Back in the day of railroad-operated passenger service, carrying passengers rarely footed the entire bill for running the train. Mail and express traffic boosted the railroad's bottom line. These extra cars, tacked on just behind the locomotives, were referred to as head-end cars. They're easily modeled. Modelers love adding color to their train consists, so express cars are a great way to improve their passenger trains. If you have the entire Hiawatha or Empire Builder, how about a GN steel express reefer.

 Many Santa Fe passenger trains carried PRR, REA and NYC express reefers adding a dash of color to stainless steel consists. Railway Express Agency (REA) and similar companies handled expedited packages and shipments - they were the precursors of today's UPS and FedEx. REA had a unique status as a forwarder and was required to accept any and all shipments which could be anything from live chicks and Christmas presents to fresh fruit and hardware. Shipments were handled in express boxcars, baggage cars and express reefers (which also doubled as boxcars if there weren't any perishables to haul). Green REA-owned express cars ran on all kinds of passenger trains on almost every railroad - so they're natural builders to any one who likes pre- Amtrak passenger trains.

Flagship trains such as the 20th Century Limited and San Francisco Chief handled REA traffic in baggage cars until their later years (mid-1960s) when additional head-end cars were added. Secondary mail and express trains on the same routes carried many head-end cars, and the mixed roadnames added variety and color to their looks.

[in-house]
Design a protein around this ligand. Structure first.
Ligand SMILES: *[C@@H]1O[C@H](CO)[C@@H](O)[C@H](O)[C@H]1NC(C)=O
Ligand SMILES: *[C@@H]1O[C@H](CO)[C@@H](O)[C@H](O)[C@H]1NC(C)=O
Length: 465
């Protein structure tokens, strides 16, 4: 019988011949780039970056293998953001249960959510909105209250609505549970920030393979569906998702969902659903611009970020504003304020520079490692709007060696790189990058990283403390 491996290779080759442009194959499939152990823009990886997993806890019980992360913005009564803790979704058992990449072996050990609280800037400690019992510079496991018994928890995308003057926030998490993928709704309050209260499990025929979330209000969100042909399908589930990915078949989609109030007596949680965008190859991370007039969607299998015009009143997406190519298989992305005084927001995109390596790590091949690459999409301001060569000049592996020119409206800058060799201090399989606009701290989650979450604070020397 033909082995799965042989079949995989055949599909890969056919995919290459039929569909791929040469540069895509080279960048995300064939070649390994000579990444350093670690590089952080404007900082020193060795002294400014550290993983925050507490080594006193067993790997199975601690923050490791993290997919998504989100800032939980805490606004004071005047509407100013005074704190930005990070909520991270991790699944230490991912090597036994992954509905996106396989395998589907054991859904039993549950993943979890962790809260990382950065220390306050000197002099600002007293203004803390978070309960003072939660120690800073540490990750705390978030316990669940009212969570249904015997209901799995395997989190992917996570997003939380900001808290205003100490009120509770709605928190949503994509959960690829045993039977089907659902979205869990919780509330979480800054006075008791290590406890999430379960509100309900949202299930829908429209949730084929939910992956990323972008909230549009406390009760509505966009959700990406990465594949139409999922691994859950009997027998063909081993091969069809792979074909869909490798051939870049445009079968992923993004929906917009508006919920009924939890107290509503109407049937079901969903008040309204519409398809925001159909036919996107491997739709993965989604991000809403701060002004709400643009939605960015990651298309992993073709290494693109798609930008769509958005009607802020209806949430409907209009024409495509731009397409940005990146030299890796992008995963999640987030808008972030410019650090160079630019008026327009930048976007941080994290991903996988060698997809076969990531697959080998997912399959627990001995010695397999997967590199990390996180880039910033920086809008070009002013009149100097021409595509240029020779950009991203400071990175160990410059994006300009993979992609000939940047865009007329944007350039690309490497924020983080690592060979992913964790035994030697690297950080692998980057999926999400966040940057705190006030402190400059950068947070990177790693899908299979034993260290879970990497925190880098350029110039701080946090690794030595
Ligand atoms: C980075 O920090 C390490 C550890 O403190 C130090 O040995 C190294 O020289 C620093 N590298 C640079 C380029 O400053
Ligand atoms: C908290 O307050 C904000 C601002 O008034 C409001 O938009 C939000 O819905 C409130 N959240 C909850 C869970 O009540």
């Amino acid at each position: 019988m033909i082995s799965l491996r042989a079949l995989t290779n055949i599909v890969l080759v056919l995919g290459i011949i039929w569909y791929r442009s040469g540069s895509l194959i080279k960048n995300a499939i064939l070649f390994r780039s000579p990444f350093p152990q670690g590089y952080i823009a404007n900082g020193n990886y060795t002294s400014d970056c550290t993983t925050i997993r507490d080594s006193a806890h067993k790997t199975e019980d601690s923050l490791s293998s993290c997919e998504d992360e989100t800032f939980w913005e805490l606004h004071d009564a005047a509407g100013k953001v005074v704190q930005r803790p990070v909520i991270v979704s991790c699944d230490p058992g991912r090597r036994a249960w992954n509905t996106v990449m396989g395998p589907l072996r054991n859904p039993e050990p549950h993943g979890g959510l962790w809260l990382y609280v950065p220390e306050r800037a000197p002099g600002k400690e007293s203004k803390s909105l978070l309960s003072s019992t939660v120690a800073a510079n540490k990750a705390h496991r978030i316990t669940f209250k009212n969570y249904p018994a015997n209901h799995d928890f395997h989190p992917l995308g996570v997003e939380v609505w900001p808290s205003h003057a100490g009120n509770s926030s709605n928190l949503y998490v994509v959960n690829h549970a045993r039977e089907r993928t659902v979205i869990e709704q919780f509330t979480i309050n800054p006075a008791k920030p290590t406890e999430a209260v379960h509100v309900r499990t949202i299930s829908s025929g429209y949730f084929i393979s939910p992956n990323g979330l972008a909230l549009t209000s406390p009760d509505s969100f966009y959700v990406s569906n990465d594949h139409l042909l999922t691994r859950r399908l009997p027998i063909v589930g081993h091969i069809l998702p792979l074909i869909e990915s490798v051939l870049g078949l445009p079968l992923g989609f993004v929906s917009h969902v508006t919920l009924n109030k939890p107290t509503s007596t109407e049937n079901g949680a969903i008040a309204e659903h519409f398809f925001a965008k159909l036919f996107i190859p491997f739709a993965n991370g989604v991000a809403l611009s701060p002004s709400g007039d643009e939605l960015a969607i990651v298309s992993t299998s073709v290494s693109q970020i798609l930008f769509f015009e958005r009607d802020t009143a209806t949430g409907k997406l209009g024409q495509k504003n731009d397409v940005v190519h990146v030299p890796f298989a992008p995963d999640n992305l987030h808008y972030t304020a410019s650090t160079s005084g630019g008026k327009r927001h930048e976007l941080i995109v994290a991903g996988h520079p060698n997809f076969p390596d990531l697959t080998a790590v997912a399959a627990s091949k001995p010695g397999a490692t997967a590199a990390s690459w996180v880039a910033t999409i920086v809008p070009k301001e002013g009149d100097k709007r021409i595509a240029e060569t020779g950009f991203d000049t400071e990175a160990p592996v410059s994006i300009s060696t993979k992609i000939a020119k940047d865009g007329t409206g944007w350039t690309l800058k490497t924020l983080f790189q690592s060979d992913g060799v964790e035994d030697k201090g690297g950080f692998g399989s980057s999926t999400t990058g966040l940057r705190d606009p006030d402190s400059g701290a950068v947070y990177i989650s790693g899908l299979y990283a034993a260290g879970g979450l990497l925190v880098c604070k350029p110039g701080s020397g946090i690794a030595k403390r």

Unlike many passenger-hauling cars, express cars and some baggage cars weren't restricted to home rails - they were often handed off to connecting railroads. As a result, unique homebuilt PRR R50b and B60b cars could be found on trains from California to Florida. GN express boxcars were regulars on MILW Hiawathas and mail trains.

Again, familiar green REA-owned cars ran everywhere. Trains picked up and dropped off express cars at busy stations along their runs. Finally, because of their lack of windows, many express cars, including converted troop sleepers, went on to work train service late in their careers.

Outbound paper moves in boxcars and trucks. Typical 1960s and 
later paper roll-hauling boxcar models include WalthersProto 50' 
AAR Boxcars and WalthersMainline 50' Sliding-Door Boxcar and 50' 
Waffle-Side Boxcars. Budget-minded customers can use 
WalthersTrainline(R) 50' Plug-Door Boxcars. Paper pulp bales and 
rolls are hauled in various Gunderson and Pullman-Standard 60' 
cars, some of which are just like those used for auto parts. 
Walthers SceneMaster(R) highway semi trailers include Stoughton 
45' and 48' trailers for modern mills, plus 32' and 40' trailers 
for 1960s scenes.
There are many end points for paper. In HO Scale, businesses like 
the George Roberts Printing Company are typical end users. Other 
businesses called paper converters, usually housed in warehouse-
style factory buildings, transform it into bags, packaging, 
packaged papers, cardboard and other products. 
As you can see, there are many ways you can add paper 
traffic to your railroads. From a few kaolin tank cars on a 
through freight to an entire factory complex, there are many ways 
you can model paper industry-related products .




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